From a big-picture perspective, the SPMT lacks some key features. Its reporting capabilities are limited and often hard to understand, and there’s no way to bulk manage metadata or migrate customized metadata. What’s more, the tool doesn’t allow running multiple migration instances concurrently on the same machine.

Last but not least, the user experience and migration reports could really be given more love. Ideally, the navigation—which can be frustrating at times—will be improved in upcoming versions, but we aren’t getting our hopes up too high: Microsoft’s goal with this tool is to provide organizations with a free option to move to the cloud—end of story.

Microsoft SharePoint Migration Tool cheatsheet

Supported sources

  • File shares
  • SharePoint 2013
  • JSON (new in V2) and CSV files for bulk migrations (see how to format your files here)
  • On the roadmap for 2019: SharePoint 2010 and SharePoint 2016

Supported destinations

  • SharePoint Online
  • OneDrive

Required permission levels

  • Source: Read
  • Destination: Site collection administrator

Supported items

  • New in V2: Some list templates (see which ones here)
  • Files
  • Permissions (see limitations and further specifics here)
  • Authors
  • Timestamps (date created, date last modified)
  • Metadata: Basic metadata only (more support on roadmap)
  • Content types: currently only native document content types (more support on roadmap)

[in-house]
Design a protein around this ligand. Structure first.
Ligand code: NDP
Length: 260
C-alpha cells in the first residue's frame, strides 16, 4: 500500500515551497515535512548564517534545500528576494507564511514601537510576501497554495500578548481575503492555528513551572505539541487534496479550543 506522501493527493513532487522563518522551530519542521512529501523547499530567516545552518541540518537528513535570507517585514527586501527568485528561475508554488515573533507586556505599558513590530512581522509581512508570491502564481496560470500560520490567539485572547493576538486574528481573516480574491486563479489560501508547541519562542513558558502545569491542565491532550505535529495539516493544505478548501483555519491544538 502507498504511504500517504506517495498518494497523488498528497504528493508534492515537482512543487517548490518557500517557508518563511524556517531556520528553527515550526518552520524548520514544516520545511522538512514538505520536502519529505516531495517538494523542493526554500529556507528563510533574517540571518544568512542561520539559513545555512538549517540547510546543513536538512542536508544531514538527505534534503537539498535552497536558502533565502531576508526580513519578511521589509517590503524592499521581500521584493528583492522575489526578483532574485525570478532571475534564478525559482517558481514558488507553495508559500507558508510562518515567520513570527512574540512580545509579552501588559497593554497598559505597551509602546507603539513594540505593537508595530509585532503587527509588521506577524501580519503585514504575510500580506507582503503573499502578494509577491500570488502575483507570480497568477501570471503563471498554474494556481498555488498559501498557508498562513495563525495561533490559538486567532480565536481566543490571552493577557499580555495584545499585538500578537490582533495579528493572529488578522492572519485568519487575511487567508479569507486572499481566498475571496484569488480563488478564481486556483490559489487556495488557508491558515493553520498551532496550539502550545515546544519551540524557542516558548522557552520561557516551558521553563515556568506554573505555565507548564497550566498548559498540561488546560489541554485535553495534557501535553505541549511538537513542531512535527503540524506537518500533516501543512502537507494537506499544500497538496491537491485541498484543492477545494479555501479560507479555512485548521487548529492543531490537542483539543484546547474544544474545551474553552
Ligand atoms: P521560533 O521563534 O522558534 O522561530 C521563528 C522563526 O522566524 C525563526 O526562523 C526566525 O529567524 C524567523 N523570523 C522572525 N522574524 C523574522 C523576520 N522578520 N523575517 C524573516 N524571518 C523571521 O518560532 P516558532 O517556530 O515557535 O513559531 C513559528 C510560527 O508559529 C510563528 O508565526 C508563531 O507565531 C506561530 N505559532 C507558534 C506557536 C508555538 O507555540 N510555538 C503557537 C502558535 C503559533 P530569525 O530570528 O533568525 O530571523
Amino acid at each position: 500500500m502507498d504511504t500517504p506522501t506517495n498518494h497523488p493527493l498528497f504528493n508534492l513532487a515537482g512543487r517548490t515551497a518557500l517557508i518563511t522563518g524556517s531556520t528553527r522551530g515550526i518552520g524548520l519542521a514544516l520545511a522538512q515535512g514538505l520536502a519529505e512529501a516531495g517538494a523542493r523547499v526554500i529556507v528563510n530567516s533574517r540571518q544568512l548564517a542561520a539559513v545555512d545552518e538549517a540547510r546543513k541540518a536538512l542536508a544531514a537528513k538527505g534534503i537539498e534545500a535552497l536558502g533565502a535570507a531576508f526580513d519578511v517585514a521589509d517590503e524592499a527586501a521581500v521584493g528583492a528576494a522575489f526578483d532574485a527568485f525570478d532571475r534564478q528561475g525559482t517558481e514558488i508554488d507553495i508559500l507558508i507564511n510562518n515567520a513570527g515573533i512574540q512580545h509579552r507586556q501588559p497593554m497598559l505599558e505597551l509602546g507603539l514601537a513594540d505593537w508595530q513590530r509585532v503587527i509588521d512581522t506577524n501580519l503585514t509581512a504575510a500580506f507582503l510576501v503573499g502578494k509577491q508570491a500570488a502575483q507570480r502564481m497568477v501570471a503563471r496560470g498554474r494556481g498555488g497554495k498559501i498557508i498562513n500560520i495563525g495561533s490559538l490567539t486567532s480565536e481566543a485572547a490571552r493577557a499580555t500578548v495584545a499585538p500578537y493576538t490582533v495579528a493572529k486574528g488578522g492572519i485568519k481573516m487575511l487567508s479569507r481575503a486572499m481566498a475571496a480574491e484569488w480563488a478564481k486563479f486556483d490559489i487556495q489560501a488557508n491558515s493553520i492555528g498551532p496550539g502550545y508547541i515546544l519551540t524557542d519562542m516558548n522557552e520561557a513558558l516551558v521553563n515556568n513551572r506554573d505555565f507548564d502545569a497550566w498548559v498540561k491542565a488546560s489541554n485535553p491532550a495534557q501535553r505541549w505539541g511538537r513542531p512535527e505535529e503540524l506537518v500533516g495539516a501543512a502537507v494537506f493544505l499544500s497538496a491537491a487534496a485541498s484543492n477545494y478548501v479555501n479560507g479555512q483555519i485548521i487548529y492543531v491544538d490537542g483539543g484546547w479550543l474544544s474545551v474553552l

• On the roadmap for 2019: Full support for SharePoint 2013 site migration, including metadata, subsites, navigation structure, pages and web parts

Unsupported items

  • Views
  • Alerts
  • Workflows
  • Users and groups
  • Welcome pages
  • Customized metadata fields

SPMT features

  • New in V2: All migration features available via PowerShell cmdlets
  • New in V2: Ability to save migration sessions and resume them at a later date (initial settings cannot be edited)
  • Incremental migration mode
  • Ability to line up multiple migrations. While they’re running, however, no further migrations can be started unless you close the app and reopen it.
  • Ability to migrate to and from specific subfolders
  • Auto-creates vanilla lists and libraries when they don’t exist in your destination site
  • Support for bulk migrations using JSON (new in V2) or CSV files
  • Pre-migration scanning
  • Support for user mappings
  • Filtering options

SPMT limitations

  • No scheduling feature
  • No content export or export to enhance metadata while migrating
  • No bulk editing capabilities
  • Doesn’t migrate customized lists or libraries
  • Doesn’t support running multiple instances per machine

Performance, logging and support

  • Migration speeds can be affected by several factors, from network and internet speeds to the volume of metadata associated with the migrated content.
  • Review the factors that influence speeds while using the SharePoint Migration API, which the SPMT depends on, and keep in mind that Azure import speeds tend to be highly variable.
  • Logging: CSV and text files on disk, no search or filtering on previous sessions. For flat files on disk, you can use Windows Explorer.
  • Support: No built-in support available for the free SPMT. Support for data migrations to SharePoint Online is available through Microsoft’s FastTrack service (at no additional cost benefit with the purchase of an eligble SKU).